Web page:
Chamber board supports Glenwood fire tax proposal
Ryan Summerlin September 21, 2013
GLENWOOD SPRINGS — Community on the Move, the Glenwood Springs Chamber Resort Association’s ad hoc political action committee, will kick into gear over the next six weeks to support the city and rural fire district’s mill levy proposal.
The chamber board, at its meeting Tuesday, voted unanimously to support the 2-mill property tax measures for both the city and the rural Glenwood Springs fire district, according to Chamber CEO Marianne Virgili.
“The board does take careful consideration before they take any political position,” Virgili said, adding the Community on the Move committee has not been active since getting behind a sales tax increase to fund city street improvements in 2006.
The committee will assist the separate Friends of the Glenwood Springs Rural Fire District organization in supporting the fire tax measure, she said.
“This is a pretty critical situation, especially in light of the recent fires and flooding in Colorado,” Virgili said of the chamber board’s rationale in supporting the proposed fire tax. “It just makes you more aware of how important our emergency responders are.”
The proposal is to increase the Glenwood Springs Rural Fire District’s mill levy by 2 mills, and to create a new city mill levy to supplement funding for the Glenwood Springs Fire Department. That will entail separate city and rural district questions on the Nov. 5 mail ballot.
The new city property tax would be in addition to the portion of the city sales tax that already goes to support Glenwood Springs fire and EMS services. The extra funding is needed to help make up an annual $250,000 shortfall in reimbursements for ambulance transports, according to city fire officials.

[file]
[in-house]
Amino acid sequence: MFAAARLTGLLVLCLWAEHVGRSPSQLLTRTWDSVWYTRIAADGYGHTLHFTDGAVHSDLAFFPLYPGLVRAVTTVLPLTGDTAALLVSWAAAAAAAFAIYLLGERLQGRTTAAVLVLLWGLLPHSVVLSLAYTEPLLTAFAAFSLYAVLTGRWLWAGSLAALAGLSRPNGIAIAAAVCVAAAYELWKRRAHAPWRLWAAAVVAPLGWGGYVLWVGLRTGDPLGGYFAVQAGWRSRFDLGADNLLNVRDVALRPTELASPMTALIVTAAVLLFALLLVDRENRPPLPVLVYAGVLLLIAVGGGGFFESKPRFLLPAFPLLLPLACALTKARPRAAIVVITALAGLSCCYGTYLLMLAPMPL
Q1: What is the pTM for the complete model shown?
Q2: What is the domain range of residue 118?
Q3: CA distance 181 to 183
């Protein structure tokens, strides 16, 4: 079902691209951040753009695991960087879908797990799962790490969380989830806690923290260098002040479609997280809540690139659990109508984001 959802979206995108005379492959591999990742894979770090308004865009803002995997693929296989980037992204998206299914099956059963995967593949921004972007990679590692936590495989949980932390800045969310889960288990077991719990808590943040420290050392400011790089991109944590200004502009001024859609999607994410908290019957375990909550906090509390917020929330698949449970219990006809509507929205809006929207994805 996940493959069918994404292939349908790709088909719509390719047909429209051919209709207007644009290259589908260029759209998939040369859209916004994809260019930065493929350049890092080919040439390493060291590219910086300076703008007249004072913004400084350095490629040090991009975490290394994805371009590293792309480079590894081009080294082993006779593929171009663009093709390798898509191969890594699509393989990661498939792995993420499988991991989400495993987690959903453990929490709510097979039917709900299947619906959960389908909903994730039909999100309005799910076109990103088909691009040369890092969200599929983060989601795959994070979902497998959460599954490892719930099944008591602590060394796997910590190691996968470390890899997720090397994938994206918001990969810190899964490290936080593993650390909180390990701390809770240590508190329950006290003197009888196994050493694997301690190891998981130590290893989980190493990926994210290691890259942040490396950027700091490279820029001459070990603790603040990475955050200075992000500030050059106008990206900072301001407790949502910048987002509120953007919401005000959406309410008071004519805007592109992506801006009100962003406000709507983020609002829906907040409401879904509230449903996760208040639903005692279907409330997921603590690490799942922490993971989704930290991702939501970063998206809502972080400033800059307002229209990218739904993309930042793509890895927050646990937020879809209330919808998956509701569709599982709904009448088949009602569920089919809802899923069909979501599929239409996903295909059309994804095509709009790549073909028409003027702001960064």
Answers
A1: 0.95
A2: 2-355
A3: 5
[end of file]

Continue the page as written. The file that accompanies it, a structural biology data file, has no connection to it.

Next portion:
Approximately 65 percent of the fire department’s emergency calls are for ambulance service.
Meanwhile, the rural district proposal would increase the existing property tax rate by 2 mills, in an effort to make up for funding shortfalls brought on by the decrease in property valuations in recent years.
Both proposals call for a five-year sunset, when the taxes would go away unless presented to voters again for renewal.
Glenwood Springs Fire Chief Gary Tillotson represented to City Council when the question was forwarded to the ballot that, if the measures do not pass, the fire department is looking to reduce the hours of operation at one of the three city fire stations and may have to make other service and personnel cuts.
Any service cuts that result in a slower response time in the event of a fire could also result in a lower insurance rating for the area, translating to higher insurance rates for homeowners, Tillotson advised.
The five-year sunset is intended to provide replacement funding while property values stabilize, “and, hopefully, start increasing,” according to the campaign, which is being headed by fire district board member Cindy Orr.
The tax increase would not go to fund equipment, such as fire engines or ambulances, which are funded through a separate equipment replacement tax in the city.